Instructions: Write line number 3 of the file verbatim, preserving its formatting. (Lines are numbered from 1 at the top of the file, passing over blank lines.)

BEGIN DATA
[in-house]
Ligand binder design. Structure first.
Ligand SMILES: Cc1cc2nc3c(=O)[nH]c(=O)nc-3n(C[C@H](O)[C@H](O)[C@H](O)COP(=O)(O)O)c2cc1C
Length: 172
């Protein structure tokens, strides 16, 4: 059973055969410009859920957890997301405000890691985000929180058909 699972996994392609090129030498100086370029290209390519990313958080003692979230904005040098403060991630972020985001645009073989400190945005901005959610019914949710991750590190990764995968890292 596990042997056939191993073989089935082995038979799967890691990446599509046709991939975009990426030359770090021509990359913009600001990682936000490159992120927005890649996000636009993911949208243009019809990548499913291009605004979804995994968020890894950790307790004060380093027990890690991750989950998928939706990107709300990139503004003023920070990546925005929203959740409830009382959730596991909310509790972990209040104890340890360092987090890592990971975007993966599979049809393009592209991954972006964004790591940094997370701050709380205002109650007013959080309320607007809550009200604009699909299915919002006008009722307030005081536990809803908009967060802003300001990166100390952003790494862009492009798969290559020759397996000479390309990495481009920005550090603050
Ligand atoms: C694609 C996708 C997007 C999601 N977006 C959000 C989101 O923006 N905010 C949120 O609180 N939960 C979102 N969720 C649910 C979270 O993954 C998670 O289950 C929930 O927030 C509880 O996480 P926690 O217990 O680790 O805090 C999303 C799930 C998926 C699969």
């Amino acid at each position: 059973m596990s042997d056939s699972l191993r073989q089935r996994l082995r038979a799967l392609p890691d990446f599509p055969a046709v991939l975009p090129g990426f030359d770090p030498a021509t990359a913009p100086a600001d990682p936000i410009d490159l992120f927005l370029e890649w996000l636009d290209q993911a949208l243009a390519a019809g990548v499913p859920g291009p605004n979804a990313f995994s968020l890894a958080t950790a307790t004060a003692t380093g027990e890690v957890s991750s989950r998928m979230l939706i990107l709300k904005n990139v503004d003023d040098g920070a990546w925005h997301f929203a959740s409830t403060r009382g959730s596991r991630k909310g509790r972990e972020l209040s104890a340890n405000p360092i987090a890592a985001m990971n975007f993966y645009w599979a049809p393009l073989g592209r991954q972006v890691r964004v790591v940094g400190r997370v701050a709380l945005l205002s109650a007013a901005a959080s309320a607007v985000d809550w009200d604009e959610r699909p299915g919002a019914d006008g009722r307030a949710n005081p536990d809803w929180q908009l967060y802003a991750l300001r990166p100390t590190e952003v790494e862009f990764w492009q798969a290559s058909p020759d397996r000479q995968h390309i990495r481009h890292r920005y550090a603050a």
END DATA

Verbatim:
Ligand SMILES: Cc1cc2nc3c(=O)[nH]c(=O)nc-3n(C[C@H](O)[C@H](O)[C@H](O)COP(=O)(O)O)c2cc1C